Kevin Grandia's blog

International Implications of Trudeau's Kinder Morgan Pipeline Approval

justin-trudeau-kinder-morgan-pipeline

Canadian Prime Minister Trudeau's decision this week to approve a major expansion of the Kinder Morgan Trans Mountain pipeline has negative implications that go well beyond the borders of the Great White North.

Canada is currently the largest supplier of oil to the United States. We export more oil to the US than Saudi Arabia, Venezuela and Mexico combined. We are a secure, stable and reliable trading partner with the US for a product that can make or break their economy.

Trudeau Can't Have His Climate Plan and Build a Pipeline Too

So far, Prime Minister Justin Trudeau has made a lot of the right moves when it comes to climate change, but a new report this week makes it clear that Canada's PM cannot lead on climate change and support the expansion of oilsands pipelines at the same time.

Yet, there was a rumor circling earlier this month that the Trudeau government would approve the Kinder Morgan Trans Mountain pipeline in the name of the “national interest”. If approved, the pipeline will increase the amount of oil produced and shipped to Vancouver's coast for export by a whopping 590,000 barrels a day — nearly triple what is currently transported.

At the same time, the Trudeau government is expected to roll out a plan this fall to fulfill its election promise to take “bold action” on climate change.  

These two positions are irreconcilable. 

Climate Refugees? We Don't Have a Plan for That

justin-trudeau-climate-refugees

While Prime Minister Justin Trudeau maintains relatively high popularity numbers here in Canada, they pale in comparison to the borderline rock star status the Canadian Prime Minister currently has on the international stage. Most recently, he was in New York to address the United Nations’ General Assembly and attend the UN Summit for Refugees and Migrants.

It’s the first-ever summit of its kind because there hasn't been a refugee crisis like this in our lifetimes — or in the UN’s lifetime. You’ve heard the facts by now. Right now, more than 65 million people have been forced from their homes. That’s more than at any other time since the end of the Second World War. And there’s no end in sight.

In his speech at the summit on Monday, Trudeau took a bow for Canada’s efforts to take in refugees. Yet when the applause died down, he emphasized how that isn’t enough.

I don’t want to lose sight of the fact that Canada’s engagement must not stop at resettlement,” the Prime Minister said. “Now is the time for each of us to consider what more we can contribute. So, in Canada, we’re looking at our options.”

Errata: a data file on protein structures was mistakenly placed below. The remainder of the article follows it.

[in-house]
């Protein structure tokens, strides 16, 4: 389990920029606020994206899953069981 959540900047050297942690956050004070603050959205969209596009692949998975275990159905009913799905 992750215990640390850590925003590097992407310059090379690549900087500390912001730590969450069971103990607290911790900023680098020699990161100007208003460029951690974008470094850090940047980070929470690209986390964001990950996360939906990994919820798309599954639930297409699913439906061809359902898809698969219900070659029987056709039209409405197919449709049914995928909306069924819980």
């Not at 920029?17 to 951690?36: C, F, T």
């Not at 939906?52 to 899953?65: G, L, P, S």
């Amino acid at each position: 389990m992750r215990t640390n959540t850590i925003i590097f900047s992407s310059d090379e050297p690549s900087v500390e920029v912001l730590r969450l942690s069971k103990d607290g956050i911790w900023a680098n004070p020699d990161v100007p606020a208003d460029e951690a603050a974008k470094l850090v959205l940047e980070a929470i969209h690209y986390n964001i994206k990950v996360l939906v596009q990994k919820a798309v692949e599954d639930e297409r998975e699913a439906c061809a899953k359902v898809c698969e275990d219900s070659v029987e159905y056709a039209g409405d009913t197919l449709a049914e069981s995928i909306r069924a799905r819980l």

So what are those options? How can we address the forces that are driving people from their homes in the first place?

Canadian Taxpayers Fork Out $3.3 Billion Every Year to Super Profitable Oil Companies

Some of the largest, most profitable companies in Canada are collectively receiving an estimated $3.3 billion in subsidies every year from Canadian taxpayers, according to a new analysis.

The report, released today by the International Institute for Sustainable Development, a Canadian-based think tank, outlines how billions in federal and provincial tax breaks and corporate incentives benefit companies in the oil and gas sector like Imperial Oil, whose earnings in 2015 were CDN$1.1 billion.

The new analysis comes as Trudeau is in China for the G20 Summit. In 2009 G20 leaders committed to a complete phase out of all fossil fuel subsidies over the medium term and Justin Trudeau, while on the campaign trail, made an election promise to fulfill that commitment.  

Tweet: Fossil fuel subsidies work against Canada’s progress in putting a price on carbon http://bit.ly/2bMVAII @JustinTrudeau #cdnpoli #oilandgasFossil fuel subsidies work against Canada’s commendable progress in putting a price on carbon — they give money and tax breaks to the sources of carbon pollution that we’re trying to scale back,” Amin Asadollahi, North American Lead on Climate Change Mitigation at the International Institute for Sustainable Development, said.

A Mythbusting Guide to the Paris Climate Agreement

Climate Nexus has published a helpful mythbusting page correcting the misinformation that is already being spread about the Paris Climate Agreement. It is rewritten here with permission.

Myths and Facts about COP21, the Paris Climate Agreement

MYTH: “Paris is not legally binding; it won’t change anything. China and India will still emit so much CO2 as to make all US reductions pointless.”

FACT: Paris does have legally binding aspects, and other nations are already taking action.

Agreement in Paris Paves Road For The End of Fossil Fuels

paris climate conference cop21

History was made tonight in Paris as the leaders of 195 nations agreed to an ambitious, science-based pact to move the world away from the fossil fuels that are to blame for the rapid increase in global temperatures.

After two weeks of negotiations here in the airport hangars of Le Bourget, 195 parties have signed a global pact that will curb global warming pollution and rapidly escalate the growth of the clean energy solutions the world needs.

The consensus here is that the Paris deal on the table is a good one. Could it be better? Of course. But this deal is about as good as it is going to get from a consensus process involving 195 countries.

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